And then sometimes it is hard for me to feel capable and I chide myself for not realizing how different growing things in North Carolina is than Florida. I still belong to some Florida gardening Facebook groups and they have been eating well for months. I was so confident that what I planted would be big and ready by now. I should be serving broccoli and peas and squash and cabbage and beets, in my head. But weeks of rain and clouds, temperamental temperatures, and soil made almost entirely from clay have really slowed things down – if not halted some things all together. Of 80 rutabaga seeds I got 4 small roots. Of 50 chard there are 12 beautiful, delicious survivors. Of countless flats of lettuce I have 40 plants of varying ages. It’s so frustrating and it’s so difficult not to blame myself or to think that maybe I am not a farmer.

This is normal right? When success comes a little later than you hoped it’s normal to feel a little inadequate? Especially when you feel like people are counting on you, whether or not that is true.

mama watering

I have gotten some really good feedback and my CSA members are so sweet. They are already incredibly supportive, even the tribe members I had never met before and I am incredibly grateful to them. They got small shares last week but this week is even worse, so I just hope they’ll stick with me. I see hope in this garden, a tiny zucchini here and some almost tomato flowers there. Plus it’s supposed to be hot and sunny this week -finally- and I planted another 100 chard and several new flats of lettuce, winter squash, and greens. At some point some of them have to survive. Until then, I will – and I will keep reminding myself that I’m a farmer until I become good at it.

<3 Jessa

Farm, Life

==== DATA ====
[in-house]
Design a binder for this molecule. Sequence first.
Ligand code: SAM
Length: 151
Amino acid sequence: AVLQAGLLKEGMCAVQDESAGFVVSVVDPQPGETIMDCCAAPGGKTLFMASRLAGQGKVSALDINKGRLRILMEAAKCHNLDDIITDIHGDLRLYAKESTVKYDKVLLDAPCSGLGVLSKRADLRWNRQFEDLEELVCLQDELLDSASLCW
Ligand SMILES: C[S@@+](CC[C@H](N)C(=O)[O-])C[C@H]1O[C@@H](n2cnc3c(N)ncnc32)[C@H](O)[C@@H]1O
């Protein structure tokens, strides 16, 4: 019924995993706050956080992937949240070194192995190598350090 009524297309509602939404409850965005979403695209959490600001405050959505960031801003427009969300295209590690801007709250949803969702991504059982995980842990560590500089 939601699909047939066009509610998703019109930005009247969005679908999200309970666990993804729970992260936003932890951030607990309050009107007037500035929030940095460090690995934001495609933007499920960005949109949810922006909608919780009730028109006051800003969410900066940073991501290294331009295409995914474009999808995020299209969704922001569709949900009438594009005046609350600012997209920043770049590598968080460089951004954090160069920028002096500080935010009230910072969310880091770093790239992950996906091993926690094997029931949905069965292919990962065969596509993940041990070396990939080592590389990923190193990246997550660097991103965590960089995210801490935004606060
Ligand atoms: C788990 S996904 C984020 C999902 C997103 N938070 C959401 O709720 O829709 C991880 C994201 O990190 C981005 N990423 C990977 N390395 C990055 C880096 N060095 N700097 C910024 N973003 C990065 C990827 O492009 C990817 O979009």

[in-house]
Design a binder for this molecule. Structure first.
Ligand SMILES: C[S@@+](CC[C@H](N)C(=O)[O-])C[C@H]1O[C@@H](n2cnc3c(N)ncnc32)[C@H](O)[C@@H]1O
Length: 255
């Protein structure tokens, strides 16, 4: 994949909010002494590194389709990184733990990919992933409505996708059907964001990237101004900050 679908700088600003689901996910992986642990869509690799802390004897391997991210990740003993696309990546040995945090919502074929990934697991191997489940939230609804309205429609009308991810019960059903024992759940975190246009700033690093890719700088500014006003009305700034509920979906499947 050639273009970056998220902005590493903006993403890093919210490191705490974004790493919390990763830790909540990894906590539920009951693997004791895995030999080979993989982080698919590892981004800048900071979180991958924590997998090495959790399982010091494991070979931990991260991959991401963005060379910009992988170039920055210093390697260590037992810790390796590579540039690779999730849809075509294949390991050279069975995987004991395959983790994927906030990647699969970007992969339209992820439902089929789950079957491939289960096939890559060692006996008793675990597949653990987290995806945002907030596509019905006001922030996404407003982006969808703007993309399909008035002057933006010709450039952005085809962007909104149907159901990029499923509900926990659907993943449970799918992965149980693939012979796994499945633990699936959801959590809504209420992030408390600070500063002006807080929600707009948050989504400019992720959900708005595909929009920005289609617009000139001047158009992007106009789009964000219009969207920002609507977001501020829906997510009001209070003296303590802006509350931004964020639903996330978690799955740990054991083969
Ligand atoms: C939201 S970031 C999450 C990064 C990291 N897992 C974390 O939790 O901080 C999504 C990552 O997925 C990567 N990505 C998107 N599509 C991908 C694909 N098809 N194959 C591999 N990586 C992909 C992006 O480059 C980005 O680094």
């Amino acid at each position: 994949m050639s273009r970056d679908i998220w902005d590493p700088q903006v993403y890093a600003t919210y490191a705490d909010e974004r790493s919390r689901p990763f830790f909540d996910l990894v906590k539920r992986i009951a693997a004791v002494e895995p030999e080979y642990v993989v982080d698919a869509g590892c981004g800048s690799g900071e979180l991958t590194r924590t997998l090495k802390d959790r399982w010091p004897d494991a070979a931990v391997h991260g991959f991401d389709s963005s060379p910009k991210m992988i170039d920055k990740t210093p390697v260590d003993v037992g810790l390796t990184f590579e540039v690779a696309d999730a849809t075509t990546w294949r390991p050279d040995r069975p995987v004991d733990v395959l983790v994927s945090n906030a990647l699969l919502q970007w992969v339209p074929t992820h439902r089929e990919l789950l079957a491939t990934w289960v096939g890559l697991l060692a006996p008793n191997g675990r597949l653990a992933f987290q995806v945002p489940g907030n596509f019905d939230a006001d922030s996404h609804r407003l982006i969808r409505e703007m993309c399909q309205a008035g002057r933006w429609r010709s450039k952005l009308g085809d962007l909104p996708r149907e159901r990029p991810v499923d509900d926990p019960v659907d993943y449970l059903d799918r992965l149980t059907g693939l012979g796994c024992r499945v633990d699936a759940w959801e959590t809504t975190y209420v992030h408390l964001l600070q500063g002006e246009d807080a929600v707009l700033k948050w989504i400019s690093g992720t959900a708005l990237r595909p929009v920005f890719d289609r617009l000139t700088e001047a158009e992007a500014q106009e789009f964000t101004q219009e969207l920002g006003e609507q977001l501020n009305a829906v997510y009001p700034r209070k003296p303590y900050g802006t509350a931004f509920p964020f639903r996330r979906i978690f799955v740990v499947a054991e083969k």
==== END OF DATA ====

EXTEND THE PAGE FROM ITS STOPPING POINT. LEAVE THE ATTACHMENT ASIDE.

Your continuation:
Let’s Talk About Eggs

15 May, 2016

When I was younger I never thought much about eggs. I didn’t even really like them that much. Then I saw and tasted farmer’s market eggs. And at a different time Wayne, my hubs with the culinary school background, made me good eggs. Apparently all I had ever had were overcooked sad eggs but now I knew happy, delicious eggs. So if you don’t know and you don’t care to know – stop reading. Otherwise, here are some basics on egg labeling and what those labels mean.

Those Cheap Eggs

The deal with those cheap eggs at the grocery store is that they are usually the bottom of the barrel with the worst taste, the worst animal welfare rating, and *arguably* the least amount of nutrition. All eggs come from chickens but these chickens often spend their entire lives in a cage no larger than a sheet of notebook paper. Sometimes the cages don’t have true bottoms so the chickens little feet become deformed trying to stand on wire. Often they are “de-beaked” which means their beaks are trimmed in such a way that they can’t peck at one another, because they are so close and so stressed that they get aggressive. The animals don’t get any exercise, they don’t get to do any of their normal chicken things, and they are pretty sick – so they use a lot of antibiotics. If you want to see what this looks like google “battery cage chicken”.

Cage Free